Yoke of Identity, 2017, stoneware
My grandfather was part of the back to the land movement in the 70s. I stayed with he and grandma in the summers, hand-churning peach ice-cream with fruit from their orchard. They grew all their own food, animals included. I would wake up at 5 to feed the cows, and I learned to ride horses on grandpa's plow mule, Lady. Older and no longer farming, he turned Lady’s plow yokes into mirrors.
Part of this image speaks to the basic fact that many kids today have no idea where their food comes from. They don’t understand our evolutionary, reciprocal relationship with the land. The world is rapidly urbanizing, and to meet demands of our growing population, we degrade our soils, air and water. The plow has become a relic of times past, hanging on the wall, yet it is in itself a complicated fixture, representing social and industrial developments that have contributed to our current situation, good and bad.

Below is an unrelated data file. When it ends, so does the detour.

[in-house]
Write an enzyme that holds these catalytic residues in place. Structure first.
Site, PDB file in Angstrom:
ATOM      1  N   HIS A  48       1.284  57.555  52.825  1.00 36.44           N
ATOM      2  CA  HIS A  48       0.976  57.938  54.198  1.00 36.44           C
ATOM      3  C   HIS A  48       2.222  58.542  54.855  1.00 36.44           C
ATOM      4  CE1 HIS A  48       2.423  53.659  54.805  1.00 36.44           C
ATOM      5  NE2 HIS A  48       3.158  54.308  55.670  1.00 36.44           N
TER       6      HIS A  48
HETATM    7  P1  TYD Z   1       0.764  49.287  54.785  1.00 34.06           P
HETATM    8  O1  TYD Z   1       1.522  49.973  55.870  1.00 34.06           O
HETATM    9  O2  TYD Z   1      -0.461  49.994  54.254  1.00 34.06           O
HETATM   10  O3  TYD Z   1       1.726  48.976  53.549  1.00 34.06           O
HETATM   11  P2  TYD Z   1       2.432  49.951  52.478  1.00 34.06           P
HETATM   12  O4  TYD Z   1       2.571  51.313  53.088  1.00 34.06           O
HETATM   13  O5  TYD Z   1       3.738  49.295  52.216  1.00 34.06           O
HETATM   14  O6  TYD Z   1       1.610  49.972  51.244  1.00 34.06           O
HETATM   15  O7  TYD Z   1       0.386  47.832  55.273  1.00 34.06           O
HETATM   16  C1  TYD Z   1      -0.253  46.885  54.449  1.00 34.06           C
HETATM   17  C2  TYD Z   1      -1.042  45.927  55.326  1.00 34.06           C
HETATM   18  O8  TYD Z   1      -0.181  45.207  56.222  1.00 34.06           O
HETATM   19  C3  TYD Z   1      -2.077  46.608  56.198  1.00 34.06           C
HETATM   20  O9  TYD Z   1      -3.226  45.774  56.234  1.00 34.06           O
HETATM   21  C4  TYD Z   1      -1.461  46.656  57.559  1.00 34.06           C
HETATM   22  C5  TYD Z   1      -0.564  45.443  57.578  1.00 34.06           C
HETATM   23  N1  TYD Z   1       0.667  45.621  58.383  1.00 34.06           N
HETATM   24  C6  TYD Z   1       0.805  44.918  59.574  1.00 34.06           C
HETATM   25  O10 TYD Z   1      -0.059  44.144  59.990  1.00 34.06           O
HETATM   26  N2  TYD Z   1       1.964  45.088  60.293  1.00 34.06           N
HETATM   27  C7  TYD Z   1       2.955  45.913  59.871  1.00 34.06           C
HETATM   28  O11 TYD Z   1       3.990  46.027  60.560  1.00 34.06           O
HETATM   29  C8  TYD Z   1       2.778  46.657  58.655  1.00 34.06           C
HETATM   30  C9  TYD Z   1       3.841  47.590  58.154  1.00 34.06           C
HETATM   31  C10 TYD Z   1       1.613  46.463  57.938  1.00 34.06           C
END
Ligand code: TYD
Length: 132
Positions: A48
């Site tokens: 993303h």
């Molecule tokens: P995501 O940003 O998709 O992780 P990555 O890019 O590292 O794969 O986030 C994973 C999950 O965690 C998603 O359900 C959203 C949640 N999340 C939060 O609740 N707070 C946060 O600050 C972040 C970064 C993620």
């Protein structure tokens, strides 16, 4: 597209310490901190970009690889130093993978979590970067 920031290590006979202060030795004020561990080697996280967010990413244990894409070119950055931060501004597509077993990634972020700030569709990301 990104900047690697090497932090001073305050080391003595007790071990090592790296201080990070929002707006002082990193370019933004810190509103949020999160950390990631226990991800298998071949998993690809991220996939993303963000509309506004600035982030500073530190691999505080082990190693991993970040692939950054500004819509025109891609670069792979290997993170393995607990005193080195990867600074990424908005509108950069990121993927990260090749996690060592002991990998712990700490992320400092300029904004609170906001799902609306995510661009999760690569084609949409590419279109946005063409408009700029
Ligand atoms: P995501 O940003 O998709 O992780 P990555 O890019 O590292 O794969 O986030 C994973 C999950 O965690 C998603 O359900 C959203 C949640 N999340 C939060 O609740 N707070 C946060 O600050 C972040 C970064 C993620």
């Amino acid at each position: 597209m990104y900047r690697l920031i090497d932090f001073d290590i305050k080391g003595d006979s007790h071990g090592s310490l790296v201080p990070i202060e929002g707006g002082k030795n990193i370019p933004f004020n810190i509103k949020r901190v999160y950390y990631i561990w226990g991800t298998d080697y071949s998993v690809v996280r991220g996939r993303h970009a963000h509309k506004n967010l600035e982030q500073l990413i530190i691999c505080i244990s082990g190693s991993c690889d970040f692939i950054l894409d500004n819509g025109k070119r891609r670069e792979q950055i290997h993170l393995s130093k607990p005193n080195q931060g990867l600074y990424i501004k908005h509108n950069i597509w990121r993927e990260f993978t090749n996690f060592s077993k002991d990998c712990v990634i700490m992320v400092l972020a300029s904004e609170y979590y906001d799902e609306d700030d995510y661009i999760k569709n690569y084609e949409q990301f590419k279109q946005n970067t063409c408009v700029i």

Do you see yourself? Do you recognize what you see? Who is the beast of burden in this picture? Having an identity comes with responsibility. But without identity, we risk being defined by others. Are you determining the course of your life, or are you laboring for others? Are you carrying your yoke, or has it strapped you down?
In the race to claim or lest be assigned an identity, this yoke can be a privilege or a burden.